Ramping up my reviewing.
Happily playing games for many, many years.
It was the end of 1944, and the Third Reich was failing, but perhaps it could be preserved. Hitler ordered his men to attack the advancing allies on the western front, driving them back and hopefully forcing the English and Americans out of the war - allowing the German army to concentrate entirely on the Russian threat.
The Bulge is the first in a series of "Fast Action Battles" using a new block-based wargaming system from GMT Games. As these things go, it's a relatively simple system. The blocks have stickers affixed to one side and then stood on end so that only their controller can see their actual composition and strength, providing a simple way of simulating the "Fog of War". Players move the blocks about, and then have battles in which they can deploy "assets" - cardboard counters that represent extra forces, artillery or special events that might take place on the battlefield. Combat is then resolved by rolling a number of d10s equal to the unit's strength and attempting to roll under a target number - each success equals a hit and an opposing unit taking damage.
There are three scenarios in this package, each a subset of the next. Randy and I hadn't played the game before, so we began on the introductory scenario, which took us less than an hour to play. I was the Germans, whilst Randy was the Allies. My goal was to ford the rivers keeping me from my goal of Bastogne and to capture it (or at least surround it so it would fall to me). My problem? Randy and the fact I only had three turns in which to do so!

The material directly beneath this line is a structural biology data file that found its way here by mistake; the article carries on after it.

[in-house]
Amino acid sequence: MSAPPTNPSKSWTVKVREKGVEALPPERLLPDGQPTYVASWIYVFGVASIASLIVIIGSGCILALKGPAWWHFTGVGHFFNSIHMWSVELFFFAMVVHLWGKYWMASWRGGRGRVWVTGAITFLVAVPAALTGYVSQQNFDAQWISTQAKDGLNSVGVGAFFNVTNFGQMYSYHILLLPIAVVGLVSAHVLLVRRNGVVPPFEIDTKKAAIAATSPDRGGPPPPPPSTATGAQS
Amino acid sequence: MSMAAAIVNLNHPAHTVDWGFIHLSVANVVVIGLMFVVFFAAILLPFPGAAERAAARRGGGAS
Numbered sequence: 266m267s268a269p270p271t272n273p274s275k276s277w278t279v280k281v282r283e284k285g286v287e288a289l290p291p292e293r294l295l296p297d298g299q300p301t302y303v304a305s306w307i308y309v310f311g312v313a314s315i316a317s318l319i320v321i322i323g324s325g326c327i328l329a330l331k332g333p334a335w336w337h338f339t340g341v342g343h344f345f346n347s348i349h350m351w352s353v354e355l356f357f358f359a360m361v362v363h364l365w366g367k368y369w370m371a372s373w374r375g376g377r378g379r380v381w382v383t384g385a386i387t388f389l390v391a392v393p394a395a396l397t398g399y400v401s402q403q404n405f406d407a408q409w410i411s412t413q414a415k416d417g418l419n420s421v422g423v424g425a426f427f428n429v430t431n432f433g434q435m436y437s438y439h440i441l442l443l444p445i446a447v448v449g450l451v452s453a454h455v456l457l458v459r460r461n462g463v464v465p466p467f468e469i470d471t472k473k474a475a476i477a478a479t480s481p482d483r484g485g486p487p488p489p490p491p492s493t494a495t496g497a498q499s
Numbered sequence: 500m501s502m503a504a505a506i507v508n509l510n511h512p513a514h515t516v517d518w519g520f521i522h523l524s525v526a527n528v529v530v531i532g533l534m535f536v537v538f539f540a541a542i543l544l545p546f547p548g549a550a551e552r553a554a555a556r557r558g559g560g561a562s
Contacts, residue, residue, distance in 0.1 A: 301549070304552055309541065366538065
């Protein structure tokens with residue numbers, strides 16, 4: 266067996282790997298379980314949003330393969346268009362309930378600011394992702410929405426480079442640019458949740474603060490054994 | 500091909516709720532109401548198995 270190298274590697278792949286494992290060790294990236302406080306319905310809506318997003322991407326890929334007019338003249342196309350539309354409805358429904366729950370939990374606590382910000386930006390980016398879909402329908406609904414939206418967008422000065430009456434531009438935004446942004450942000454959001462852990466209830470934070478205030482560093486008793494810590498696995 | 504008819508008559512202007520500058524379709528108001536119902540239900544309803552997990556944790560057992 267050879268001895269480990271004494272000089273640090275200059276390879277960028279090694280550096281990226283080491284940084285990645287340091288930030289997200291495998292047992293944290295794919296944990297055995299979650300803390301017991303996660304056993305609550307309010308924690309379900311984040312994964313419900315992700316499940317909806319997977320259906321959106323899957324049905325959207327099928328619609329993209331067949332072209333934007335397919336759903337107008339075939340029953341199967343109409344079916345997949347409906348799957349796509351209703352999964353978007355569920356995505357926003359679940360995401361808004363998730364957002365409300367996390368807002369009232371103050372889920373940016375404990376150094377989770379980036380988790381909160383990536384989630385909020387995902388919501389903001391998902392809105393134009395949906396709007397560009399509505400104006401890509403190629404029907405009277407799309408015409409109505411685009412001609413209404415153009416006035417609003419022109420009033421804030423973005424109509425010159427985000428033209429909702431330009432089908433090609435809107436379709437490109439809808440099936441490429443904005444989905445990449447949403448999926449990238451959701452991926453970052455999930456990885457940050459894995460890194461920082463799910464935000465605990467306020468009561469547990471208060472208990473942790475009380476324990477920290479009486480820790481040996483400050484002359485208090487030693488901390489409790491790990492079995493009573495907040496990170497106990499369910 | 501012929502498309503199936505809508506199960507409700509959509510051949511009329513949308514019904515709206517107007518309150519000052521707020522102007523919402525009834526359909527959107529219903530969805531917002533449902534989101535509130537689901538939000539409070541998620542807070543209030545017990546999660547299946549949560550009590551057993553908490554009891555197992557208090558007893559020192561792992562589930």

The introductory scenario is quite cleverly written: it's already partway into the first turn, and you begin by resolving three battles. Each battle is slightly different, which is nice: it introduces you to different aspects of the game.
The trouble I was having during this game was entirely due to Randy blowing up a lot of bridges! Tanks can ford rivers, sure, but they'd prefer a nice bridge to roll across. With only two turns of actual manuevering, I was truly having trouble getting to Bastogne in time. I made it, but not with enough force to capture it.
Combat - and the placement of assets - was quick and very enjoyable. Randy didn't have that many assets compared to me, but I never quite had enough. Rocket artillery and regular artillery were available to me, but the regular artillery disappeared after its first use, making me wish I'd held it back until Bastogne.
Indeed, I made several strategic and tactical errors. I was forcing Randy back due to sheer numbers, but, although I could reach Bastogne, I didn't do so with the numbers I needed in the time I had. At the end of the second turn I attacked, but we were deadlocked at four steps of combat units all in Bastogne by the end of the game.
Randy then gained 4 points for the two of the six areas around Bastogne I'd failed to capture, and the victory was his.
I rather enjoyed the game, and I'll be looking forward to another (bigger) game in a week or so.
Chris Heap Senhouse
> The introductory scenario is quite cleverly written: it's already
> partway into the first turn, and you begin by resolving three battles.
FYI, all the scenarios start with the first German combat phase.